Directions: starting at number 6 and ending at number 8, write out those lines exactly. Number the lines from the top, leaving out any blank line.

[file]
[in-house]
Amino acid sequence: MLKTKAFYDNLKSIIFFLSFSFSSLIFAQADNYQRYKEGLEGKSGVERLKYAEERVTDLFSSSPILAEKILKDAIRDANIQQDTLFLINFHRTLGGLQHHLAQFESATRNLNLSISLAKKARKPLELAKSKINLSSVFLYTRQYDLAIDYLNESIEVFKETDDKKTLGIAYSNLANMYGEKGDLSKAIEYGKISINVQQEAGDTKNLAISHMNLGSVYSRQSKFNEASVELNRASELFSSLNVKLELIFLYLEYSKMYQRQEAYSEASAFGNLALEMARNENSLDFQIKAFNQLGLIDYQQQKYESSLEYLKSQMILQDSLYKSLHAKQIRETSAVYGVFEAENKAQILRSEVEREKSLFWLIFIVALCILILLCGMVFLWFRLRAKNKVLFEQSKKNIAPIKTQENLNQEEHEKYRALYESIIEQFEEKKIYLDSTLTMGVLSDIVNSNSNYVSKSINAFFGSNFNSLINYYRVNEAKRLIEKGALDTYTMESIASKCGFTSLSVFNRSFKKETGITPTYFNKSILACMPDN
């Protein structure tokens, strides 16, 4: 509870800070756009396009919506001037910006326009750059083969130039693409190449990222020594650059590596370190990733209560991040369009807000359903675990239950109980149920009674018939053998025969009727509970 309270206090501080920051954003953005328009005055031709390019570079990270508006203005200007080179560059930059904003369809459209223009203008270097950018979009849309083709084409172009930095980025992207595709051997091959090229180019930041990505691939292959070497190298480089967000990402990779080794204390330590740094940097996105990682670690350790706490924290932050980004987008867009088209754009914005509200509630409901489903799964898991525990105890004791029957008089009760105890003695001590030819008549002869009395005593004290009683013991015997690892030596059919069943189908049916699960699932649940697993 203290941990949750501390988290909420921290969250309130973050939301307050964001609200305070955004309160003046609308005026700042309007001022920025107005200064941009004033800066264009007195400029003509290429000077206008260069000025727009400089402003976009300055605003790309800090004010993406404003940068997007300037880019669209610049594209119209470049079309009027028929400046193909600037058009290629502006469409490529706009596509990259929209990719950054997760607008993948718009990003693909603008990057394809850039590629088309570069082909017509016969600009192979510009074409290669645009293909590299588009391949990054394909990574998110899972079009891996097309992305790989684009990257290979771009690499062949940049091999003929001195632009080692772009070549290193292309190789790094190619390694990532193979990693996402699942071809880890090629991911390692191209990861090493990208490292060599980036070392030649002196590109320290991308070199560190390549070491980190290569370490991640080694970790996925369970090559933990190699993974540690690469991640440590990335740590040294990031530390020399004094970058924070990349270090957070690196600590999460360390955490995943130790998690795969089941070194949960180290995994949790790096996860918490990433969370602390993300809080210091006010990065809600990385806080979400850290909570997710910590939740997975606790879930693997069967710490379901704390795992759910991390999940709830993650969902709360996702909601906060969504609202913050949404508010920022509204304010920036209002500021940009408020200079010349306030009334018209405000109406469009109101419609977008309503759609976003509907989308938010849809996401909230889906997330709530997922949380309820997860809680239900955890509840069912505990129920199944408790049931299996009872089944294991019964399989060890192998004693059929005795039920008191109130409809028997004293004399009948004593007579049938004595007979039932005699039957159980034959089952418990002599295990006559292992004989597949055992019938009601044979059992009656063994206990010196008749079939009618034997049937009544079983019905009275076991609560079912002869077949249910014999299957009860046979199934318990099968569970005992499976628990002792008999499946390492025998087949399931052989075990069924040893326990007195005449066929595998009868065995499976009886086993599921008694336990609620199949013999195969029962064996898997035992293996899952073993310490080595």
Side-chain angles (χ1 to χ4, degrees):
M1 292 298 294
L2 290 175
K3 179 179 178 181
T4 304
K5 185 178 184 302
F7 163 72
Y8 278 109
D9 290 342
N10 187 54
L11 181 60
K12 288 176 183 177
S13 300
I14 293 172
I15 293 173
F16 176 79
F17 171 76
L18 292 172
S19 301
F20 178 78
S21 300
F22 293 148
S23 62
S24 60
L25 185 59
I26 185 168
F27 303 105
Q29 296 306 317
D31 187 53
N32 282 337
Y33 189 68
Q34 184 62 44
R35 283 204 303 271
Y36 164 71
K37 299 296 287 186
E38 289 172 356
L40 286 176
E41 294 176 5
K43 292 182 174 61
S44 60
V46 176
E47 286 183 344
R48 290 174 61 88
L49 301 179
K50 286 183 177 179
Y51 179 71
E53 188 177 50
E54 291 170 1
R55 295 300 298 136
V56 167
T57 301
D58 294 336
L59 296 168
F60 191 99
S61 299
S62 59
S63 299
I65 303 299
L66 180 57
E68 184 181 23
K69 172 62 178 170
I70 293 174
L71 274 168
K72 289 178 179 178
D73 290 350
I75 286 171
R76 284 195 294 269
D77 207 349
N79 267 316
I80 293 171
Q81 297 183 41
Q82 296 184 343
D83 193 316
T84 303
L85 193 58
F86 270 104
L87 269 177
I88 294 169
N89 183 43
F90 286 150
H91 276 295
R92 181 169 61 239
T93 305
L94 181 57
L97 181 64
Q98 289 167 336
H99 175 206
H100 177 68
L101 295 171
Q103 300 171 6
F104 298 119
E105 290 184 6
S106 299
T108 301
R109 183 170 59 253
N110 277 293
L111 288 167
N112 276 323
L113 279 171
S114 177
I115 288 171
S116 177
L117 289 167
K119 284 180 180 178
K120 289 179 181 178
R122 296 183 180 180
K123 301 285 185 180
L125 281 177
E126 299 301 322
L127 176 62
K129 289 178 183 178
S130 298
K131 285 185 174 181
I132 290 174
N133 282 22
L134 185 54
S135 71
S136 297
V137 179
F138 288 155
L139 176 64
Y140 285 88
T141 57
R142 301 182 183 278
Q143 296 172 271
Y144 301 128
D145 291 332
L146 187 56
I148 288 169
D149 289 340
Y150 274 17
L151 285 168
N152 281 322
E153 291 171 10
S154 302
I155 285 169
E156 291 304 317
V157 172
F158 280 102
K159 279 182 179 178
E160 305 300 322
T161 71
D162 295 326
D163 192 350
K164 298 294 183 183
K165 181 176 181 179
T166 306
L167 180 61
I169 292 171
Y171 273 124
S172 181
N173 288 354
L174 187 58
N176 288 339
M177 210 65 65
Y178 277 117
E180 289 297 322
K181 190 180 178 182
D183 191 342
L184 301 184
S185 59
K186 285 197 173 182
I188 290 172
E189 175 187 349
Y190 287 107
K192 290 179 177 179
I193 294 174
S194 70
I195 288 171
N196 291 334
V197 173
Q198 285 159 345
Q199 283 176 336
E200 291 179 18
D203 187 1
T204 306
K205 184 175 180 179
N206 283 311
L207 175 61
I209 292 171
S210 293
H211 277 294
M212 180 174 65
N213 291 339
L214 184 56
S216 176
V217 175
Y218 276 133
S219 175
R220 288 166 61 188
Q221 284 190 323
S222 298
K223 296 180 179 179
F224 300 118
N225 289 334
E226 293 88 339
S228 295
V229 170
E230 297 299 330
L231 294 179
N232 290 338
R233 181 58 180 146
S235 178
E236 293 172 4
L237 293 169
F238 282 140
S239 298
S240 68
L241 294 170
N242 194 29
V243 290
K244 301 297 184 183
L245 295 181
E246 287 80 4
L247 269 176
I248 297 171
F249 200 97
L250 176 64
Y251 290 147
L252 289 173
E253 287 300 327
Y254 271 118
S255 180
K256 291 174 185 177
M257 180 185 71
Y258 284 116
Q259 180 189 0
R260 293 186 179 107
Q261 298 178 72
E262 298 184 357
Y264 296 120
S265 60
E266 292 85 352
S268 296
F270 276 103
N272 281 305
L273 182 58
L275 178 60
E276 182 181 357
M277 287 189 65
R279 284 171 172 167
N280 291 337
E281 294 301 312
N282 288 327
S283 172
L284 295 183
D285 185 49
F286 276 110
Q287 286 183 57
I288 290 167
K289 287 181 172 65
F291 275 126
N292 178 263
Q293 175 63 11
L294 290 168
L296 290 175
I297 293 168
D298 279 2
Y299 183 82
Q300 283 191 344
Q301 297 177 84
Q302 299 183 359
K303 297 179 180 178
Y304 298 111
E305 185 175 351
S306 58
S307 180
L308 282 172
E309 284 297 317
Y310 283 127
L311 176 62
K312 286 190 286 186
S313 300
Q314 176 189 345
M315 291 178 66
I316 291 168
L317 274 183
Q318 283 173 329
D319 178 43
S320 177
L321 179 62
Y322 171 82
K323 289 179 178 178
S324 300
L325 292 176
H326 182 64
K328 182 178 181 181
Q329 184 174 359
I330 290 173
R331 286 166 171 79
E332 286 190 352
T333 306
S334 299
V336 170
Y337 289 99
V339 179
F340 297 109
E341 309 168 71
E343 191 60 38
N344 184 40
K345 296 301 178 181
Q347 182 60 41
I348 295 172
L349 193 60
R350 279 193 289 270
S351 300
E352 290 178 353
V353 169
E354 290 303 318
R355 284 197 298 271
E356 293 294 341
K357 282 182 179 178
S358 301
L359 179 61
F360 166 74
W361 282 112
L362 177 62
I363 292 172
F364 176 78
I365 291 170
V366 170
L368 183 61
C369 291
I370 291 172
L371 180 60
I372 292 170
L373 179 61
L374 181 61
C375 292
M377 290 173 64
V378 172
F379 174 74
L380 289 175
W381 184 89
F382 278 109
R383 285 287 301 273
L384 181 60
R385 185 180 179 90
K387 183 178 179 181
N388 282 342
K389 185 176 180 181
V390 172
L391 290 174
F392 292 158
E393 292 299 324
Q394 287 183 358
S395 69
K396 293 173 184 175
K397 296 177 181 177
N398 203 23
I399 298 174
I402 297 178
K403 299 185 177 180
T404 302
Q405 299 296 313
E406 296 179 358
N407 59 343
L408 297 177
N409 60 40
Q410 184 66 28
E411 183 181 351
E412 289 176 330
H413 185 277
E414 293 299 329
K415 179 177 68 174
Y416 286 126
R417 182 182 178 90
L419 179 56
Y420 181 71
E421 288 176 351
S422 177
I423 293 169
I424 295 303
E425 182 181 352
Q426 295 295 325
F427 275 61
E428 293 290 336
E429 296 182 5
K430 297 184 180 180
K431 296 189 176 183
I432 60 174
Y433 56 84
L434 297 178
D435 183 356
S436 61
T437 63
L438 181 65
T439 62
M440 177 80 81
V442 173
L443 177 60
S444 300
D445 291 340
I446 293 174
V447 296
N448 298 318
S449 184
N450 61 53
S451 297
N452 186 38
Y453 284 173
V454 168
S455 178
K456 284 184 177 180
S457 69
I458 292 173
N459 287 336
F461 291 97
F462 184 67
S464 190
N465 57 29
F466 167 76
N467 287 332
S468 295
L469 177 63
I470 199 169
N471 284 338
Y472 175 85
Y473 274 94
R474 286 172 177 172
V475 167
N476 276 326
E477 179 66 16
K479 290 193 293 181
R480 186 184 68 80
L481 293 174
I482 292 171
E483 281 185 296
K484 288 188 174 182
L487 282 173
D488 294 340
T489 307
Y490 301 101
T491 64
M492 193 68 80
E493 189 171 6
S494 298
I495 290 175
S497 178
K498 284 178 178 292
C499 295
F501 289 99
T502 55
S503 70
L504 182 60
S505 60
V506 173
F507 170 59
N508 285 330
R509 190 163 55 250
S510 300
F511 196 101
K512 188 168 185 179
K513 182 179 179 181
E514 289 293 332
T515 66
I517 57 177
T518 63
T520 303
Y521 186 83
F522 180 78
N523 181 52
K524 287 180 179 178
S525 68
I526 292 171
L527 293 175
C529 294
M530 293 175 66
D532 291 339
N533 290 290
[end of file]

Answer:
L2 290 175
K3 179 179 178 181
T4 304